Sometimes referred to as gluten intolerance or NCGS, until recently, this sensitivity was not well accepted in the scientific community, primarily because there is no way to definitively diagnose it. Gluten sensitivity is not Celiac Disease.
However, recent research by The Center for Celiac Research and Treatment in Boston shows that in addition to the approximately 1% of North Americans who have Celiac Disease, there are an additional 6% of Americans who have gluten sensitivity. That works out to approximately 18 million Americans.
Gluten sensitivity affects a number of body systems with a wide variety of symptoms such as: diarrhea, constipation, abdominal pain, bloating, gas, headaches, fatigue, “foggy brain”, depression, joint pain and ADHD like behavior. Gluten sensitivity can only be diagnosed after a medical professional rules out Celiac Disease, Irritable Bowel Syndrome, and other potential diseases depending on your symptoms.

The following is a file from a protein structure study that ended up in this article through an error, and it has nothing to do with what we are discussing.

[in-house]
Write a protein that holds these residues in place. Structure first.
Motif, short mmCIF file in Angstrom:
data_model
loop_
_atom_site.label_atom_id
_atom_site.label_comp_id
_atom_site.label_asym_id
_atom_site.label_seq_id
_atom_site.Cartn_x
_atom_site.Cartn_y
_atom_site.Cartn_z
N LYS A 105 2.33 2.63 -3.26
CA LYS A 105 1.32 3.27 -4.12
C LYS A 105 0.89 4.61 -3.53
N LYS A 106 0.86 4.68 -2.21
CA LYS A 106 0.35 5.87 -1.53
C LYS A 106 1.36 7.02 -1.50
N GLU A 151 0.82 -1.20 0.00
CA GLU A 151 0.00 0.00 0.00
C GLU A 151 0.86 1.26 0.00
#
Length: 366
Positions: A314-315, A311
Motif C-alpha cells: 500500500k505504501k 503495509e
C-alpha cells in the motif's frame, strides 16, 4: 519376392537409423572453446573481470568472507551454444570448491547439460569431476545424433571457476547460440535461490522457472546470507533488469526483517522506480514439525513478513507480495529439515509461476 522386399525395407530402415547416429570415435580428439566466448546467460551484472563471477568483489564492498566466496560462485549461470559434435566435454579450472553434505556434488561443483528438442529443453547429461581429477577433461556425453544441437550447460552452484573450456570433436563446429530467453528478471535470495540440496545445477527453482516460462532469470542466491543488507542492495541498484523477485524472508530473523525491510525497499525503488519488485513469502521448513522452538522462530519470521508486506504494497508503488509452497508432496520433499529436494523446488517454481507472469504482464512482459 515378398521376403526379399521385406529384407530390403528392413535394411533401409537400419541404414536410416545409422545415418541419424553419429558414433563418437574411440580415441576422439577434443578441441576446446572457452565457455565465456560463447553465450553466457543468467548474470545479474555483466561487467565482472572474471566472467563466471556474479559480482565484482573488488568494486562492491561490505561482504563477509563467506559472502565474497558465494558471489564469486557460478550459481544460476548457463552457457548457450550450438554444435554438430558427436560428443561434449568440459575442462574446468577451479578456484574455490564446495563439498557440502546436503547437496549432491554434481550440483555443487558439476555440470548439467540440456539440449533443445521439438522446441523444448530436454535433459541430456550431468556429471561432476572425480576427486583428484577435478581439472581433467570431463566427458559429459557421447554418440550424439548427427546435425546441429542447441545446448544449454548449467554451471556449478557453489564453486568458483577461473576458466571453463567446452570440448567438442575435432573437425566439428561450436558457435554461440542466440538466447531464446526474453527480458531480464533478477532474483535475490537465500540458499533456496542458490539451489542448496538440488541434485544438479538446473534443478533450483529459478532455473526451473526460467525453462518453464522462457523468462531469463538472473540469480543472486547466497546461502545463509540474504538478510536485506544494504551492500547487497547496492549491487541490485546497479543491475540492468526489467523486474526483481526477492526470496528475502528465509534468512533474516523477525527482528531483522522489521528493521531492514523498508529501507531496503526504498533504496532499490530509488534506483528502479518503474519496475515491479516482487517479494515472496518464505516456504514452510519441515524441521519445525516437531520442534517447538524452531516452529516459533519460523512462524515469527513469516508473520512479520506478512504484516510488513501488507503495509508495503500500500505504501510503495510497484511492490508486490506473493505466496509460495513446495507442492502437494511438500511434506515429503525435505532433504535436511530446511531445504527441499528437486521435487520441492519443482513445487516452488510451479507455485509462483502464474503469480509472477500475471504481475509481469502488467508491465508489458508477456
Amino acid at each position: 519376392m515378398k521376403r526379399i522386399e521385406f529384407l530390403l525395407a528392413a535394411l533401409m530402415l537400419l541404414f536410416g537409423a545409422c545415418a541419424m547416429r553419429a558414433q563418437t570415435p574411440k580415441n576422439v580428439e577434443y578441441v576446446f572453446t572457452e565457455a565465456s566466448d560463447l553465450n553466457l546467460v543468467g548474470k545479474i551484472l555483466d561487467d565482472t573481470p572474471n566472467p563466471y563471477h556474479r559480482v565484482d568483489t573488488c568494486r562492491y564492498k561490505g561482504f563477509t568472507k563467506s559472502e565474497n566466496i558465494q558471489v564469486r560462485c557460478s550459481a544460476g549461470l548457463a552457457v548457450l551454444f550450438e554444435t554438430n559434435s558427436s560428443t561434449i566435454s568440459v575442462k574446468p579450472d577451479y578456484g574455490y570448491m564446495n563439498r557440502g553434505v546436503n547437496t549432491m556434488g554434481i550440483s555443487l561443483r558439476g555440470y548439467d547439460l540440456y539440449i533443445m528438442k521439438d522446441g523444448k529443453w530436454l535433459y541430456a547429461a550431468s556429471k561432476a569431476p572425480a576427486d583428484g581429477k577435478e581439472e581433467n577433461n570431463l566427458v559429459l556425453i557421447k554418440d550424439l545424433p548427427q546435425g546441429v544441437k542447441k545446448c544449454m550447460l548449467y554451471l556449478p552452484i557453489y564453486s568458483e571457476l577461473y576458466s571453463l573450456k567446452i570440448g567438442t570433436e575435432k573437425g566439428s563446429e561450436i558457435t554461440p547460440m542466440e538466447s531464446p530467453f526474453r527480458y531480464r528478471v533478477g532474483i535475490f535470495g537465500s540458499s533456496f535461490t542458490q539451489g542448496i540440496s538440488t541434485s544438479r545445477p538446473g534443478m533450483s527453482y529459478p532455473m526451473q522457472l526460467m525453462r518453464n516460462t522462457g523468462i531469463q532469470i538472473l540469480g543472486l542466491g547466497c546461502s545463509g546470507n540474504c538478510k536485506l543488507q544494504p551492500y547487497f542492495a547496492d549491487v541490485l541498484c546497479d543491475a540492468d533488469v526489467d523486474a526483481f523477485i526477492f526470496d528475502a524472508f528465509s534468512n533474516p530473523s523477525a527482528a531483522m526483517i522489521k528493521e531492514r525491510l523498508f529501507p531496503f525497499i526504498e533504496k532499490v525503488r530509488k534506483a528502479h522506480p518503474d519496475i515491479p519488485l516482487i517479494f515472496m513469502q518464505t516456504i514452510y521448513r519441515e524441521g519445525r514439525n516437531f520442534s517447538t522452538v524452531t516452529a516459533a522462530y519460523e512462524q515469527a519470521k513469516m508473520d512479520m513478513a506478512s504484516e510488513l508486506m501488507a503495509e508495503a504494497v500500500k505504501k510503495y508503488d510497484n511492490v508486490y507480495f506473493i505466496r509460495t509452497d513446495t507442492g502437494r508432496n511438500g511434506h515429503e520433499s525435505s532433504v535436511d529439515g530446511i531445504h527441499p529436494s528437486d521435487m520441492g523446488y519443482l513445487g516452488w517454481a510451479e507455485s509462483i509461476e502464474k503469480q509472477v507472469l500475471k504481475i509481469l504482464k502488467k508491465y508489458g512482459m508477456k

Until recently, the only treatment known at this time is complete avoidance of the gluten containing grains of wheat, barley, rye and their subspecies. However, after research conducted at Monash University in Australia, it's believed that people suffering from NCGS and/or IBS may actually be reacting to far more than gluten. Instead, they may be reacting to sugars in a wide variety of foods known as Fermentable Oligosaccharides, Disaccharides, Monosaccharides And Polyols. These substances are shortened to the acronym FODMAPs. These FODMAPs are found in everything from milk to certain fruits, mushrooms and high fibre grains, including inulin. A low FODMAP temporary diet refraining from these food sources high in FODMAPs may offer relief. For more on FODMAPs, check out the Monash University research and diet.